Vile racism is alive and well in every region of the United States. What are you doing to end it?
Recent headlines have been full of discussions of Iowa Rep. Steve King, his racist remarks, and his white supremacist history, as if he’s the only Republican to hold these views. The truth is that the entire party has a racism problem. From my perspective as a 71-year-old black woman in America, any Republican who continues to support the white supremacist-in-chief who sits in the oval office is part and parcel of the problem, as are all those who gleefully voted for them in the last election. I’m enraged when people act as if overt racism is something new, when I’ve had to live with it every damn day of my life, as did my parents, and those black ancestors who were here before them. I lived though the vile reign of Dixiecrats, and watched them morph into the modern day Southern Strategy Republican Klan. Donald Trump is a true son of his racist father. He learned racism at his daddy’s knee in Queens, New York, not Mississippi.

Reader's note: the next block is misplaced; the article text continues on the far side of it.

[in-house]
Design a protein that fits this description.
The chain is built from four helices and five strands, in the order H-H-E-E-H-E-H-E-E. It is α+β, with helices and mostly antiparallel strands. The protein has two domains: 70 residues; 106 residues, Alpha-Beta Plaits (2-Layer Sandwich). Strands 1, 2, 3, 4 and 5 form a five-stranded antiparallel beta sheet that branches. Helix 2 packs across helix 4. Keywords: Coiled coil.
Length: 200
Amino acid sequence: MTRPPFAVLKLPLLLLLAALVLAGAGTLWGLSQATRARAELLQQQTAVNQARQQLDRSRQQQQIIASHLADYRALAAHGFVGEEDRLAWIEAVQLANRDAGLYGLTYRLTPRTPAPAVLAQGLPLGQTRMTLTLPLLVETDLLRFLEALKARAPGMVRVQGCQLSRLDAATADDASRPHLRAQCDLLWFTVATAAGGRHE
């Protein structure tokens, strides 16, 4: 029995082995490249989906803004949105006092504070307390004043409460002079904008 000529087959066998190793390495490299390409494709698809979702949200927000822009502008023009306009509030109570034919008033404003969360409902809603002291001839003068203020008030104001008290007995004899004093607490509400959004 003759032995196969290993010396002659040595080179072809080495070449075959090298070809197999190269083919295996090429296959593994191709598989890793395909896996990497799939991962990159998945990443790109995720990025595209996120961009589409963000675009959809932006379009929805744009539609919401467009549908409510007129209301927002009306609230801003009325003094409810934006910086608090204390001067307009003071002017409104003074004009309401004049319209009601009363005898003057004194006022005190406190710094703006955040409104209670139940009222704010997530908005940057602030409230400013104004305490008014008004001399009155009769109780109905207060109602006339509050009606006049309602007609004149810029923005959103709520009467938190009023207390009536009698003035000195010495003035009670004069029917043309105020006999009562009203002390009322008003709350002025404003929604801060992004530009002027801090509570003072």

Far too often, I see racism attributed to only certain parts of the U.S.—the South, or the Corn Belt—as if it doesn’t pervade every part of our nation.
For weeks now, I’ve been haunted by the face of a young high school student who lives in the county below mine in New York state.
Her name is N'Senga Kinzonzi. What happened to her isn’t an incident that ended in death, or miscarriage of justice in the courtroom. She wasn’t beaten, or raped, or wrongfully kicked out of school.
She was targeted and threatened by another student. A white student. A young person. Far too often, I am told that racism is the purview of the old. Sadly, it is getting passed on to the younger generation.